Publication details for Prof. Jan R.R. VerletBull, J. N., West, C. W. & Verlet, J. R. R. (2016). Ultrafast dynamics of formation and autodetachment of a dipole-bound state in an open-shell π-stacked dimer anion. Chemical Science 7(8): 5352-5361.
- Publication type: Journal Article
- ISSN/ISBN: 2041-6520 (print), 2041-6539 (electronic)
- DOI: 10.1039/C6SC01062H
- Further publication details on publisher web site
- Durham Research Online (DRO) - may include full text
Author(s) from Durham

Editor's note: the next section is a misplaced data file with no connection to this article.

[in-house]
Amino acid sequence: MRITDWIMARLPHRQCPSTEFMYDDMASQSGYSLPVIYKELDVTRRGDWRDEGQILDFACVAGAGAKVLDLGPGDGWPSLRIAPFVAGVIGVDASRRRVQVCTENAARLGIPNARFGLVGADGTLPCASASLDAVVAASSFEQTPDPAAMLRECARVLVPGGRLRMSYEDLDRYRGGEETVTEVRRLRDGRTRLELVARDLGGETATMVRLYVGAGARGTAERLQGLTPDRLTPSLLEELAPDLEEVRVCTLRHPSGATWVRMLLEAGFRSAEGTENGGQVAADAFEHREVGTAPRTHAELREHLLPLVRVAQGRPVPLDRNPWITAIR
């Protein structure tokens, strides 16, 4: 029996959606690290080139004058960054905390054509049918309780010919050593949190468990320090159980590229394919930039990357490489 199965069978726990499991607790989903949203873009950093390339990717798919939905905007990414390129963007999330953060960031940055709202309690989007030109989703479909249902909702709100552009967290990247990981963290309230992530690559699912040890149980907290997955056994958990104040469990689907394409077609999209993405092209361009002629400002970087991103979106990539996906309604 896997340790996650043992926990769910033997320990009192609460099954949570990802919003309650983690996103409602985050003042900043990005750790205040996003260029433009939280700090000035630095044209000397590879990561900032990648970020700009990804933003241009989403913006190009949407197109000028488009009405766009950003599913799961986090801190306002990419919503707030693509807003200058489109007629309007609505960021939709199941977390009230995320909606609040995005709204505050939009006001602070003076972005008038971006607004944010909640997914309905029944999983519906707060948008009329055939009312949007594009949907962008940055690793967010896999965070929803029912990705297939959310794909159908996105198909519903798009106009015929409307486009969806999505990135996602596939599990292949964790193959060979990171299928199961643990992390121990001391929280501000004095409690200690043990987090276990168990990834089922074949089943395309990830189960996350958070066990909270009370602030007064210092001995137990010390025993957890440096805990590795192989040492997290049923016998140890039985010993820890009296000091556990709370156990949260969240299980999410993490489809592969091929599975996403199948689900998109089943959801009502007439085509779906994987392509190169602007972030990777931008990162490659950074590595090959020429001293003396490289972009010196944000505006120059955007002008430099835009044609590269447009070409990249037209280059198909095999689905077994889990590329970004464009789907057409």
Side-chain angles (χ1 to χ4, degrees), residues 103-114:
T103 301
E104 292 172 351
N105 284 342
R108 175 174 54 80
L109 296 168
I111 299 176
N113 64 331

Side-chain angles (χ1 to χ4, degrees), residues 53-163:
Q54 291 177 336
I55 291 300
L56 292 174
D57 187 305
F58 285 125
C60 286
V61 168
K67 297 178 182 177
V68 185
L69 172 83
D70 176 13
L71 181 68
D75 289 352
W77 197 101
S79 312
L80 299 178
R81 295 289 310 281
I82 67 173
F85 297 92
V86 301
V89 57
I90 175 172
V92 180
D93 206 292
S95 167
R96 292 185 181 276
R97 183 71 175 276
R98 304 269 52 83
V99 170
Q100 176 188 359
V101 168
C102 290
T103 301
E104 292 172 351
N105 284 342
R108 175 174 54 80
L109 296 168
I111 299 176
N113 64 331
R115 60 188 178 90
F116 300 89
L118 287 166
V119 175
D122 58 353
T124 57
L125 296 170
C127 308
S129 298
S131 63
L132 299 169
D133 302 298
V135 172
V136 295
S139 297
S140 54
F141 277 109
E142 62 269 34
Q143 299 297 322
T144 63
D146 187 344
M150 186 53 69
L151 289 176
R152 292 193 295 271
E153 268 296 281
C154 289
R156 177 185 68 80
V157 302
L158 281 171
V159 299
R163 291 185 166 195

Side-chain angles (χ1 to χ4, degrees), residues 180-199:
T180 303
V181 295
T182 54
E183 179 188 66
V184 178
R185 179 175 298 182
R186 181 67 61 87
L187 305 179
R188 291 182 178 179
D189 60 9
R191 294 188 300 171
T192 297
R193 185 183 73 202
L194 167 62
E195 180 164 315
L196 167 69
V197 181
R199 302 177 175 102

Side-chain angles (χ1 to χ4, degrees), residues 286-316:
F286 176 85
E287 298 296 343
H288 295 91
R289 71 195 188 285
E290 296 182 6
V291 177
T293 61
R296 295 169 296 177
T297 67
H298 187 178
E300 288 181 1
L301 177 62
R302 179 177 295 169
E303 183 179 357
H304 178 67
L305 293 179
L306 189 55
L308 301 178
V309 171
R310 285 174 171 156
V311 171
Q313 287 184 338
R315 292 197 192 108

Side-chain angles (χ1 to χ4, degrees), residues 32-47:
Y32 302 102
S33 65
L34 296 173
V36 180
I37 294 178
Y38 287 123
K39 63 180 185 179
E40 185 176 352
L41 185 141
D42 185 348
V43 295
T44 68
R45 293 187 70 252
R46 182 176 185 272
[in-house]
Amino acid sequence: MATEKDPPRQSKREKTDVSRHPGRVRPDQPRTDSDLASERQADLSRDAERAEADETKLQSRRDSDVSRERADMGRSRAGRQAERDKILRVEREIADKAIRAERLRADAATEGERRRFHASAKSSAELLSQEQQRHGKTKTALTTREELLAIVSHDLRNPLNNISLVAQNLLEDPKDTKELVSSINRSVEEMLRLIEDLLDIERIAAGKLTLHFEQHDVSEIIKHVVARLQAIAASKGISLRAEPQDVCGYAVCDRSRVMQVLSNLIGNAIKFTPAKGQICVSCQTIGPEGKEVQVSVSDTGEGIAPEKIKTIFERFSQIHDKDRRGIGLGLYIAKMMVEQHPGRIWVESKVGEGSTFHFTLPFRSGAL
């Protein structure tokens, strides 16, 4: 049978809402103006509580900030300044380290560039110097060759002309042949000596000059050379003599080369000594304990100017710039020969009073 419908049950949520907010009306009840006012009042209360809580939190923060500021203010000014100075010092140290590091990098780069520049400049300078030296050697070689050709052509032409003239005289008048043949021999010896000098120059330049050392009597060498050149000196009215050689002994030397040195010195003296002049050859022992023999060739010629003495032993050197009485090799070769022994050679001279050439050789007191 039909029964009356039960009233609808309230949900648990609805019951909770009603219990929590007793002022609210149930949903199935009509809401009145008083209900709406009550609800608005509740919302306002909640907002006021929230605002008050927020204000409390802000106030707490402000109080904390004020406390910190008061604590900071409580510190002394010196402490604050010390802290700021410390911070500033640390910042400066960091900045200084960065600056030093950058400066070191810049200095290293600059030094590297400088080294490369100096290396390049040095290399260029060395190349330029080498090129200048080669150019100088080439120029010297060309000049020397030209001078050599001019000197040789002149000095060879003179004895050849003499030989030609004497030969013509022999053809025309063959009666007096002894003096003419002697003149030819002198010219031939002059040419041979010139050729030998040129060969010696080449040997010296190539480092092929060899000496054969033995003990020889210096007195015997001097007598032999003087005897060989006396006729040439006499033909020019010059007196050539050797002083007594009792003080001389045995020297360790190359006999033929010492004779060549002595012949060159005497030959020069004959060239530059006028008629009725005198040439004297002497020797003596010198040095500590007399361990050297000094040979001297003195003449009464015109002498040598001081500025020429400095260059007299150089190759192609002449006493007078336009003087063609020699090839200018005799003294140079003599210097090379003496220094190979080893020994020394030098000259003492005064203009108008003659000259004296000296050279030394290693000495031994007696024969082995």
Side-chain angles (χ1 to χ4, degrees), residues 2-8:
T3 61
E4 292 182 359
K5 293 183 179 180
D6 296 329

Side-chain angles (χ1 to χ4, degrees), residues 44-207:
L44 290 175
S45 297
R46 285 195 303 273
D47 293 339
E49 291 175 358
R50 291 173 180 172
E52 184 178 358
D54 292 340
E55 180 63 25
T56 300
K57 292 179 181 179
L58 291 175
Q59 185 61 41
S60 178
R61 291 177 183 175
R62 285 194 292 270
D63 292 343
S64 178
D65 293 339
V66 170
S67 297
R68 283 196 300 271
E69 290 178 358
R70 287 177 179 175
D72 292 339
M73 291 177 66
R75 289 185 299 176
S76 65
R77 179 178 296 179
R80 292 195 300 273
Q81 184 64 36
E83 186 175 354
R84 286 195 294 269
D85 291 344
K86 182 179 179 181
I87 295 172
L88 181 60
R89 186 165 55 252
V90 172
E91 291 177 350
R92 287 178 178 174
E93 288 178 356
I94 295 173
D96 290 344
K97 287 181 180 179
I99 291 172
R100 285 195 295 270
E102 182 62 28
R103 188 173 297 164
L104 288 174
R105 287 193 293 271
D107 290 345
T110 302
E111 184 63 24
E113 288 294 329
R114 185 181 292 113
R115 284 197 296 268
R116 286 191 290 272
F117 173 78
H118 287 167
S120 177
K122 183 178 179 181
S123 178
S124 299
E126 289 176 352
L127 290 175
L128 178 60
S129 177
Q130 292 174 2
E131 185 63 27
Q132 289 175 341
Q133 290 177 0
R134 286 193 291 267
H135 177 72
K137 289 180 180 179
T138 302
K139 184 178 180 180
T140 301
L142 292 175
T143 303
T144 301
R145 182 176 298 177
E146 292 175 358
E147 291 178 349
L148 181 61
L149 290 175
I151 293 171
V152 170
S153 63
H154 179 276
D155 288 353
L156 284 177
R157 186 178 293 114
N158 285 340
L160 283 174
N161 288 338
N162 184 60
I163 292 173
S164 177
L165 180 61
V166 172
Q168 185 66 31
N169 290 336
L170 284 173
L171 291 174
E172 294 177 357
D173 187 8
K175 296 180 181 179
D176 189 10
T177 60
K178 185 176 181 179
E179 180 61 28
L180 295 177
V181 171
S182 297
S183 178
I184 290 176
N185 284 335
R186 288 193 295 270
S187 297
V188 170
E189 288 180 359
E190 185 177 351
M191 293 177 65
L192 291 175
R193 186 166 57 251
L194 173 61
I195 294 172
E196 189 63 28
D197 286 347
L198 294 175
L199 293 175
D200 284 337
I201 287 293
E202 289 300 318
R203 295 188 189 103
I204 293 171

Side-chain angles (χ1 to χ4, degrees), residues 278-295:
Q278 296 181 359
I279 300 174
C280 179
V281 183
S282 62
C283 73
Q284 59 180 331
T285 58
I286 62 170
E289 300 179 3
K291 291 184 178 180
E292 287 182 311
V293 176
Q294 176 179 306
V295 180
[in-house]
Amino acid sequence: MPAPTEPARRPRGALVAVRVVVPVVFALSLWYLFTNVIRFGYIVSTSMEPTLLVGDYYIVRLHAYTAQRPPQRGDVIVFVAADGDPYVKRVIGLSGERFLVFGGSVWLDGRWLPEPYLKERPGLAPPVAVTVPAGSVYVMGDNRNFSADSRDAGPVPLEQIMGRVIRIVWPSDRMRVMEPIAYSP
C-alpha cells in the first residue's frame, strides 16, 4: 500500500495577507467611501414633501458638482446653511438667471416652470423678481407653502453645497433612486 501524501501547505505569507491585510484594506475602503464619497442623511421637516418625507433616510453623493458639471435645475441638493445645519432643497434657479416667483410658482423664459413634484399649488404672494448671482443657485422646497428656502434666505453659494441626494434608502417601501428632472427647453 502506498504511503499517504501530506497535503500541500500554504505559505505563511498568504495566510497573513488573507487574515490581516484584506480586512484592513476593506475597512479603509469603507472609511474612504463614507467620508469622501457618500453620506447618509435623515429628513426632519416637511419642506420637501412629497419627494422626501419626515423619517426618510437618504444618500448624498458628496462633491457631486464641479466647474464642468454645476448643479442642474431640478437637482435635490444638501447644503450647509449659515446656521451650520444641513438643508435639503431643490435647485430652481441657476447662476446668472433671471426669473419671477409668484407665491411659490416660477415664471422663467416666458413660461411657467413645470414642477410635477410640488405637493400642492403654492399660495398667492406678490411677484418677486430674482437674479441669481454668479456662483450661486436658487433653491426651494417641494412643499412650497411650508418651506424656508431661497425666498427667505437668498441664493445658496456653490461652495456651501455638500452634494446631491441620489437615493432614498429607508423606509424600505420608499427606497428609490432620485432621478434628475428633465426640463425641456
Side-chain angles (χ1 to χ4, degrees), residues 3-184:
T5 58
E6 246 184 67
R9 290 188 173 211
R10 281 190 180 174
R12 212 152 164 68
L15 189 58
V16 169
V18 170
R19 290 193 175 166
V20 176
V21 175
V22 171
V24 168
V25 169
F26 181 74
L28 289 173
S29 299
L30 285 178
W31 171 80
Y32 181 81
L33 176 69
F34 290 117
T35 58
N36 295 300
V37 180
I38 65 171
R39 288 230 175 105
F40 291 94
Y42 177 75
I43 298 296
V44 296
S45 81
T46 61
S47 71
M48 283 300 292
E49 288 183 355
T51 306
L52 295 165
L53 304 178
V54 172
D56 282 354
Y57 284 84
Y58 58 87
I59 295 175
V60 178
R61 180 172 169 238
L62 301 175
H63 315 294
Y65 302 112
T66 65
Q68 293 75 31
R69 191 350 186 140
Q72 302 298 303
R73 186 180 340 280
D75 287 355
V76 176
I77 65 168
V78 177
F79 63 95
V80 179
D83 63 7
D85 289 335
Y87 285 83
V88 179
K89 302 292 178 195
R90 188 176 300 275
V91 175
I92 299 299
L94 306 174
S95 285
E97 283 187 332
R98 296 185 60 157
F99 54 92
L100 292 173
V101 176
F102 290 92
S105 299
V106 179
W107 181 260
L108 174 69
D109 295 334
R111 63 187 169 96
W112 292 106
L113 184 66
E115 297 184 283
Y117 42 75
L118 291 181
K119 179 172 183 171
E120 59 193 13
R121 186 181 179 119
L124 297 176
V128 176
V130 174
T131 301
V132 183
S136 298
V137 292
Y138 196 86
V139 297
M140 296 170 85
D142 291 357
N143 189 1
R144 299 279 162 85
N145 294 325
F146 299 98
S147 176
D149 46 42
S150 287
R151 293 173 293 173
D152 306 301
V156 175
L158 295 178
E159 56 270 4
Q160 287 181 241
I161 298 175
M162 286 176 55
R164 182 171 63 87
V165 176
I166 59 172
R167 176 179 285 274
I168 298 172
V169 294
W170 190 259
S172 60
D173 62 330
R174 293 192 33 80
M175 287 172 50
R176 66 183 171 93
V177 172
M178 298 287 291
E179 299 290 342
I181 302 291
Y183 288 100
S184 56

Isolated π-stacked dimer radical anions present the simplest model of an excess electron in a π-stacked environment. Here, frequency-, angle-, and time-resolved photoelectron imaging together with electronic structure calculations have been used to characterise the π-stacked coenzyme Q0 dimer radical anion and its exited state dynamics. In the ground electronic state, the excess electron is localised on one monomer with a planar para-quinone ring, which is solvated by the second monomer in which carbonyl groups are bent out of the para-quinone ring plane. Through the π-stacking interaction, the dimer anion exhibits a number of charge-transfer (intermolecular) valence-localised resonances situated in the detachment continuum that undergo efficient internal conversion to a cluster dipole-bound state (DBS) on a ∼60 fs timescale. In turn, the DBS undergoes vibration-mediated autodetachment on a 2.0 ± 0.2 ps timescale. Experimental vibrational structure and supporting calculations assign the intermolecular dynamics to be facilitated by vibrational wagging modes of the carbonyl groups on the non-planar monomer. At photon energies ∼0.6–1.0 eV above the detachment threshold, a competition between photoexcitation of an intermolecular resonance leading to the DBS, and photoexcitation of an intramolecular resonance leading to monomer-like dynamics further illustrates the π-stacking specific dynamics. Overall, this study provides the first direct observation of both internal conversion of resonances into a DBS, and characterisation of a vibration-mediated autodetachment in real-time.